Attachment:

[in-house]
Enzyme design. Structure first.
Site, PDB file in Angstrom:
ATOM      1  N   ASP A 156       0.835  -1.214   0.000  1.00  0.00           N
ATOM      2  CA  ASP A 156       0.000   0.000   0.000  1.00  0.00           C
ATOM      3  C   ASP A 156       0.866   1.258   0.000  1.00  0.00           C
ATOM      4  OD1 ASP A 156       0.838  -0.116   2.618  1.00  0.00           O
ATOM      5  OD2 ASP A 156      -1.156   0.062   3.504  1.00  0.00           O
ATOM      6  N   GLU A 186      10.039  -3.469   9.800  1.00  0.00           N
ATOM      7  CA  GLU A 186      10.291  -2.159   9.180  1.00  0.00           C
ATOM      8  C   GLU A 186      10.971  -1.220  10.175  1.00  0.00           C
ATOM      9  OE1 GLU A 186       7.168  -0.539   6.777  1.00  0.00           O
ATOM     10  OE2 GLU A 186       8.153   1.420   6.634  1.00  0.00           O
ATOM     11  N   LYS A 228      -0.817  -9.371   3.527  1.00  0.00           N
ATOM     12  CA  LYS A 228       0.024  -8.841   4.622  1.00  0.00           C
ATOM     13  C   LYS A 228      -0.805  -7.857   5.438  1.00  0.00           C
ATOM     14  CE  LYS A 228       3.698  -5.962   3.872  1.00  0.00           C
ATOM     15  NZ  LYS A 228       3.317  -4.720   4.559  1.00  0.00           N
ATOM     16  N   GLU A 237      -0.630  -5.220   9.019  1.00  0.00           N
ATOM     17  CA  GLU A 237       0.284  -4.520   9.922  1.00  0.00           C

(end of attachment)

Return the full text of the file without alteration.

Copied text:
[in-house]
Enzyme design. Structure first.
Site, PDB file in Angstrom:
ATOM      1  N   ASP A 156       0.835  -1.214   0.000  1.00  0.00           N
ATOM      2  CA  ASP A 156       0.000   0.000   0.000  1.00  0.00           C
ATOM      3  C   ASP A 156       0.866   1.258   0.000  1.00  0.00           C
ATOM      4  OD1 ASP A 156       0.838  -0.116   2.618  1.00  0.00           O
ATOM      5  OD2 ASP A 156      -1.156   0.062   3.504  1.00  0.00           O
ATOM      6  N   GLU A 186      10.039  -3.469   9.800  1.00  0.00           N
ATOM      7  CA  GLU A 186      10.291  -2.159   9.180  1.00  0.00           C
ATOM      8  C   GLU A 186      10.971  -1.220  10.175  1.00  0.00           C
ATOM      9  OE1 GLU A 186       7.168  -0.539   6.777  1.00  0.00           O
ATOM     10  OE2 GLU A 186       8.153   1.420   6.634  1.00  0.00           O
ATOM     11  N   LYS A 228      -0.817  -9.371   3.527  1.00  0.00           N
ATOM     12  CA  LYS A 228       0.024  -8.841   4.622  1.00  0.00           C
ATOM     13  C   LYS A 228      -0.805  -7.857   5.438  1.00  0.00           C
ATOM     14  CE  LYS A 228       3.698  -5.962   3.872  1.00  0.00           C
ATOM     15  NZ  LYS A 228       3.317  -4.720   4.559  1.00  0.00           N
ATOM     16  N   GLU A 237      -0.630  -5.220   9.019  1.00  0.00           N
ATOM     17  CA  GLU A 237       0.284  -4.520   9.922  1.00  0.00           C